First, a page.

Every woman lives a unique life. Your world is ordered with your family, career, friends and community involvement. Your health is crucial in living the full life you have designed. Each woman who walks through our door has questions and is hoping for a good conclusion. We know from consultation, evaluation, advisement and surgery, you want the best in breast care. No matter what your age or medical inquiry, this is our commitment to you, the best breast care for life.
As a patient who was diagnosed with Breast Cancer at 29 I had no idea where to even begin. Dr. Templeton was the first surgeon I saw and was more than reassuring that we would fight this together. Aside from Dr. Templeton’s education, training, accreditation and experience she truly cares for her patients.
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She took the time to explain every detail of each of my treatments options very thoroughly along with sending detailed information home. I did not feel pressure into any specific treatment option because she had prepared me a list of doctors to see regarding each option. When I felt like one doctor was not the right fit, she easily referred me to another. She takes the time to carefully evaluate each patient and treat them as an individual. She performed two procedures as I elected another path in the middle of my treatment plan. She was very understanding of my decisions and was always available to discuss options and issues. She was very aware of my concern for appearance during both surgeries. I felt like all of my concerns were heard and acknowledged along the way. The results of my first lumpectomy were wonderful. In wanting to rid the possibility of cancer in the best way known I elected to have a mastectomy. Again Dr. Templeton showed patience and was empathetic to my wants and needs during the transition. Through my entire journey she has not only been an extraordinary doctor she has also been a very understanding and caring person. I would highly recommend Dr. Templeton and her team to anyone in the same situation.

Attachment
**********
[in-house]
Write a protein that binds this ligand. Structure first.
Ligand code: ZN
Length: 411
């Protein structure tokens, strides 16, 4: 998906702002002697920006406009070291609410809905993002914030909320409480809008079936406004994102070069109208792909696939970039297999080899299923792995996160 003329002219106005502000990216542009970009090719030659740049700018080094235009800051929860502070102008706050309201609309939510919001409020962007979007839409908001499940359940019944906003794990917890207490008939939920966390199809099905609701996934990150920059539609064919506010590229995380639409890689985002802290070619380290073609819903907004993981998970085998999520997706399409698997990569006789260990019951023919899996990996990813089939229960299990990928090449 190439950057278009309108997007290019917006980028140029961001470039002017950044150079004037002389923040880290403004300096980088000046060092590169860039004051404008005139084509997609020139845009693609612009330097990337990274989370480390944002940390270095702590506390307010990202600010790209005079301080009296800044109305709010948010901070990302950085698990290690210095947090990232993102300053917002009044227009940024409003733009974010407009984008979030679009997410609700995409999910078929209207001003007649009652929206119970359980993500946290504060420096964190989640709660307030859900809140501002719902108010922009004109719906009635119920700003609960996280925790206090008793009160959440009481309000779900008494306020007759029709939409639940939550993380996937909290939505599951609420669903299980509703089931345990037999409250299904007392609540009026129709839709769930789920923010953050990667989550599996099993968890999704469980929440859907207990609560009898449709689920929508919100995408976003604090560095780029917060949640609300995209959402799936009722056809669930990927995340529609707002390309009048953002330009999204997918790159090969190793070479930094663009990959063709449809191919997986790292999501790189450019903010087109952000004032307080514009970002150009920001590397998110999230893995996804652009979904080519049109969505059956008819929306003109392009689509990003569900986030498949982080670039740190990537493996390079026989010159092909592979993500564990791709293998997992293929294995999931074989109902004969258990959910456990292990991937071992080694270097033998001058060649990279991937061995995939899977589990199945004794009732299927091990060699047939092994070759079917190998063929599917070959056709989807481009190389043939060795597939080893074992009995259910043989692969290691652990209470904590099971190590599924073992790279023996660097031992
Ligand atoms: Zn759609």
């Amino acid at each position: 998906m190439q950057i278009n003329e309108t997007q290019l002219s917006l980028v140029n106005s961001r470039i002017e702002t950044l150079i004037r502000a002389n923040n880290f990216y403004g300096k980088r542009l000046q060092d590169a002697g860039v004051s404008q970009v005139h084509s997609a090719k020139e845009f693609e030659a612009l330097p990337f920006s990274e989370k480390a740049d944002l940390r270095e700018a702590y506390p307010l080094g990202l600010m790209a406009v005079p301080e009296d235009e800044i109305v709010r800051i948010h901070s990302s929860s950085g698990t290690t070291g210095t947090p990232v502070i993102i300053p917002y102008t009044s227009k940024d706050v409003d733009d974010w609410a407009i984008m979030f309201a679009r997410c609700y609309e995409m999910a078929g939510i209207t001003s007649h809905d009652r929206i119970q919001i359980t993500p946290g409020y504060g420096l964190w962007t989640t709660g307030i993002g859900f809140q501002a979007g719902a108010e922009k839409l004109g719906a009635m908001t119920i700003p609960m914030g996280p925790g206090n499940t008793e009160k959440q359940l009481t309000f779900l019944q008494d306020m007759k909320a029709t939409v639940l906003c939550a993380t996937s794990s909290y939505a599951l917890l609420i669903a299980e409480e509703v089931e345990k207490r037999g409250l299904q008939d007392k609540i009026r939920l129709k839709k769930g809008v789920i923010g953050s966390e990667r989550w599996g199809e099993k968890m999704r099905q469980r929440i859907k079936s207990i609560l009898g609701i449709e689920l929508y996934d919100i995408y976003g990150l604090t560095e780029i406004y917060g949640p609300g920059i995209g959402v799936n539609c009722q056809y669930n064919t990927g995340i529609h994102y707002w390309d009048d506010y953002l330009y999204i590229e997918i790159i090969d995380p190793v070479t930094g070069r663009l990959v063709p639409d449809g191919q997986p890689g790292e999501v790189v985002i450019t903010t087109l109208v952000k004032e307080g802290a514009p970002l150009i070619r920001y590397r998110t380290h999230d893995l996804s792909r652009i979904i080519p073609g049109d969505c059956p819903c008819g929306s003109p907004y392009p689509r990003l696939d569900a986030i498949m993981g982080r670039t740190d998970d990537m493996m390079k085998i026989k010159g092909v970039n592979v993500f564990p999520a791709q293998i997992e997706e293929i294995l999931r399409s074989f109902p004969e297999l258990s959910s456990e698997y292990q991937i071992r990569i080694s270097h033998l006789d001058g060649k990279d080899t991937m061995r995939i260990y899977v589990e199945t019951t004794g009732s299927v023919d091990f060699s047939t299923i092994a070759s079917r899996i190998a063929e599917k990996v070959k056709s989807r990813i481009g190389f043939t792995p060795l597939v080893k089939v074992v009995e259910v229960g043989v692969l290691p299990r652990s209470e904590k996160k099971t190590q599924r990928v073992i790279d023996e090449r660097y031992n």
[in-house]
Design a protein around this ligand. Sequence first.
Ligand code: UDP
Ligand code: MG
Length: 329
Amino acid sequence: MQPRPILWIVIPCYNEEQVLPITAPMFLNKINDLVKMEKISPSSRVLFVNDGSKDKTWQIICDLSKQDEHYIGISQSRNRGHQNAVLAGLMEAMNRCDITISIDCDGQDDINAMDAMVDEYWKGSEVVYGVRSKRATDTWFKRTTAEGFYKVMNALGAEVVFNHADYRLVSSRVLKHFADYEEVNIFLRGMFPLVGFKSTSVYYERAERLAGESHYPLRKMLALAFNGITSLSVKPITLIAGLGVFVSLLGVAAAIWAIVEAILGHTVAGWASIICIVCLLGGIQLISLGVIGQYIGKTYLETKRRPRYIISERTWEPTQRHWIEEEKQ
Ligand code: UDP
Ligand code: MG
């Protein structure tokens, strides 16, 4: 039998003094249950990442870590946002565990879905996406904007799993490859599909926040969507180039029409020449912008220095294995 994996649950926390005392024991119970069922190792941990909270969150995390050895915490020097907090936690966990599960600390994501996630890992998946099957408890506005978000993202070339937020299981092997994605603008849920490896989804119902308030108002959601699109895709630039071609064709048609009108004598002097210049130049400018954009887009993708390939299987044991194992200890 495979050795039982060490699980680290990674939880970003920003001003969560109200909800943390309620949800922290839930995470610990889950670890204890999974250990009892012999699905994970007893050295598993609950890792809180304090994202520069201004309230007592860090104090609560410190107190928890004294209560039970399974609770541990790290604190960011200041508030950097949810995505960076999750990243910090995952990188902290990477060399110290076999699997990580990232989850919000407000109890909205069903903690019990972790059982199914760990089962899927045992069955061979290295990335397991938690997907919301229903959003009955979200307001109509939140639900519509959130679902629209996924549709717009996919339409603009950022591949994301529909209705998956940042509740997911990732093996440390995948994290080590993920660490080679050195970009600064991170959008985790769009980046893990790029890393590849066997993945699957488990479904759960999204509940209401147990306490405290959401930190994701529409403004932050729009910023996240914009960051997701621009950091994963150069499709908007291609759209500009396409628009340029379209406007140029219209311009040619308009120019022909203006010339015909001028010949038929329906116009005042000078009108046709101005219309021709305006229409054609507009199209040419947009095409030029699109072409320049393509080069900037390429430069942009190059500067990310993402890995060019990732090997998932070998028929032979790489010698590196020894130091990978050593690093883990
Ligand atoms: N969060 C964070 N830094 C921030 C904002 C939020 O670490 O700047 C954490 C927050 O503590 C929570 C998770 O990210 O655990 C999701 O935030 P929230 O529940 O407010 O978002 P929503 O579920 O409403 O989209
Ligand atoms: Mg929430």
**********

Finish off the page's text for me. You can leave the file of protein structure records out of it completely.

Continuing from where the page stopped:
My journey that led me to Dr. Templeton began in December of 2011. I had discovered a lump in my left breast and immediately sought out guidance from my Gynecologist. After my Gynecologist examined the lump she referred me to a Breast Specialist. With Christmas quickly approaching I was impressed that in my first phone call to Dr. Templeton’s office they were able to provide me with an appointment during the first week of January. The uncertainty of my situation grew as I awaited my appointment date. When Dr. Templeton entered the room for our initial consult I think she could sense my anxiety level. As introductions were made she reassured me that regardless of what we discovered during my ultrasound I was in capable hands. As my ultrasound was conducted Dr. Templeton told me that she would like for me to come in the following day for a biopsy. When I heard her say “biopsy” I think my heart rate quadrupled, this was not the news I wanted to hear. As I look back at this moment I remember Dr. Templeton reassuring me that there was not anything to be alarmed about and that the biopsy would allow her to get a closer look. She suggested it could just be a fibrous tumor; after all I was only 29 years old. Something I should tell you about my personality is that I strive to thoroughly understand every aspect my life. I am not the person who enjoys surprises I am the one who plans them for others after researching, creating a spreadsheet and planning meticulously. The reason I am explaining this is because in my first few interactions with Dr. Templeton the independent, inquisitive, knowledgeable person I had always been was replaced with someone encompassed by fear. My sister accompanied me to Dr. Templeton’s office the following day to have the biopsy. The results of the biopsy typically took a week so we scheduled my follow up appointment for results a week later. It goes without saying that no one wants to wait for these results, and a week?! That’s 7 whole days, 168 hours of thinking about every possible scenario. I didn’t just want these results I needed them. Four days after my biopsy on January 10th my need for an answer came sooner than expected. I received a phone call from the nurse at Dr. Templeton’s office asking if I could move up my appointment and come in sooner. Sooner? Did my results come back? I questioned the nurse about my results with a relentless persistence and she did not budge just continued to nicely suggest I come in first thing the following day with my family. I finally agreed and scheduled my appointment. Dr. Templeton has a unique gift for catering to each patient’s personality, that’s why twenty minutes after my call with her nurse she phoned me herself. While the memory of this day will be etched in my memory forever the only words I can remember Dr. Templeton say was I had Breast Cancer. The hours that followed held feelings of despair, anger and helplessness. By the time I got to Dr. Templeton’s office with my family at my side I was prepared to go to battle. As we started discussing treatment options I quickly objected to a mastectomy. Dr. Templeton reassured me that the choice was mine and she merely wanted to educate me on each of my options. One moment I was sitting there listening to treatment options that would forever impact my life and the next thing I knew I was crying hysterically refusing to accept this was my reality now. Rather than just offer words of encouragement Dr. Templeton sat down beside me and cried right along with me. Through this very traumatic experience she didn’t just use words and her medical expertise to offer support she treated me like a friend. Together Dr. Templeton and I decided on a lumpectomy. I’m not a superficial person but I plan on living many more years and do not want to see my scars every time I look in the mirror. A lumpectomy offers minimal scarring and would allow me to keep both of my breast. During surgery Dr. Templeton ensured that my scaring was minimal and took extra caution to insert my portacath as low as possible so it would not be seen through my clothing. After 20 weeks of chemo I was to start radiation which would require me to visit my doctor’s office daily. Aside from the sickness, emotional roller coaster and the hair loss chemo caused I was exhausted. The last thing I wanted to do was go to radiation daily for 6 weeks. I mentioned these concerns to Dr. Templeton and rather than lecture me on what I should do she asked me if I recalled all of my options we discussed. In this moment I realized that I did not want to have another battle with cancer and I would do everything I could do make sure I would not find myself here again. Dr. Templeton had suggested a mastectomy in our original consult and now 9 months later I found that option the best way to rid myself of this cancer for what I hope will be forever. Dr. Templeton was supportive and offered a level of compassion unparalleled by most doctors. She referred me to a wonderful plastic surgeon and I was on my way to get rid of my breast all together. My mastectomy was preformed September 26, 21012. While some may say I have taken some unnecessary steps it was a necessary process for me. I know I was not the easiest patient but Dr. Templeton never made me feel like my concerns or problems were not relevant, instead she allowed me to process my cancer in my way. In the grand scheme of things some things really didn’t matter to many but they mattered to me and she made sure all my emotions and concerns were addressed. I could not be happier with all her work, effort and time she puts into each and every patient she sees.